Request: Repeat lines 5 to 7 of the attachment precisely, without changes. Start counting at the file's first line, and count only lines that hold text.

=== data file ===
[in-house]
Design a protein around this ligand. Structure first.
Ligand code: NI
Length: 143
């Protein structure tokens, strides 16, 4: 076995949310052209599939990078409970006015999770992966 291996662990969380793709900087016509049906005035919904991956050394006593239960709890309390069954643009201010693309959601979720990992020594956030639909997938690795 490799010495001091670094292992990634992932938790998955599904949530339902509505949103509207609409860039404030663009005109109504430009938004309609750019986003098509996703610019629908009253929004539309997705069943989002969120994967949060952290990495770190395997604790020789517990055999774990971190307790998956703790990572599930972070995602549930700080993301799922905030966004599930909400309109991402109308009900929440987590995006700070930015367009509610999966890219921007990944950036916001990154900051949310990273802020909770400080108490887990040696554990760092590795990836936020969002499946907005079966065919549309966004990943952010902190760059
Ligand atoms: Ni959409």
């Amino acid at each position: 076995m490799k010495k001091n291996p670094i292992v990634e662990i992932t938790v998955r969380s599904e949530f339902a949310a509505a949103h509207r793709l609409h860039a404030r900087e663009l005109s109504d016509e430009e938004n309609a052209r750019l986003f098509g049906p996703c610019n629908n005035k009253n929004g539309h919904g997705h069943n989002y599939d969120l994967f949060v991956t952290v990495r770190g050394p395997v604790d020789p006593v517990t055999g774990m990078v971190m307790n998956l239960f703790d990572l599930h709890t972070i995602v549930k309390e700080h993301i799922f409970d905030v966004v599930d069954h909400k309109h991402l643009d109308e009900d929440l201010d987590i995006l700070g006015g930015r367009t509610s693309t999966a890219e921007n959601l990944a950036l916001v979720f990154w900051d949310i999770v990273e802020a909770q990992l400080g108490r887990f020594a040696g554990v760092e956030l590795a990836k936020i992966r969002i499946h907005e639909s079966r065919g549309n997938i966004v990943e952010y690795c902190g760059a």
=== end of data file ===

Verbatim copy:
């Protein structure tokens, strides 16, 4: 076995949310052209599939990078409970006015999770992966 291996662990969380793709900087016509049906005035919904991956050394006593239960709890309390069954643009201010693309959601979720990992020594956030639909997938690795 490799010495001091670094292992990634992932938790998955599904949530339902509505949103509207609409860039404030663009005109109504430009938004309609750019986003098509996703610019629908009253929004539309997705069943989002969120994967949060952290990495770190395997604790020789517990055999774990971190307790998956703790990572599930972070995602549930700080993301799922905030966004599930909400309109991402109308009900929440987590995006700070930015367009509610999966890219921007990944950036916001990154900051949310990273802020909770400080108490887990040696554990760092590795990836936020969002499946907005079966065919549309966004990943952010902190760059
Ligand atoms: Ni959409």
């Amino acid at each position: 076995m490799k010495k001091n291996p670094i292992v990634e662990i992932t938790v998955r969380s599904e949530f339902a949310a509505a949103h509207r793709l609409h860039a404030r900087e663009l005109s109504d016509e430009e938004n309609a052209r750019l986003f098509g049906p996703c610019n629908n005035k009253n929004g539309h919904g997705h069943n989002y599939d969120l994967f949060v991956t952290v990495r770190g050394p395997v604790d020789p006593v517990t055999g774990m990078v971190m307790n998956l239960f703790d990572l599930h709890t972070i995602v549930k309390e700080h993301i799922f409970d905030v966004v599930d069954h909400k309109h991402l643009d109308e009900d929440l201010d987590i995006l700070g006015g930015r367009t509610s693309t999966a890219e921007n959601l990944a950036l916001v979720f990154w900051d949310i999770v990273e802020a909770q990992l400080g108490r887990f020594a040696g554990v760092e956030l590795a990836k936020i992966r969002i499946h907005e639909s079966r065919g549309n997938i966004v990943e952010y690795c902190g760059a």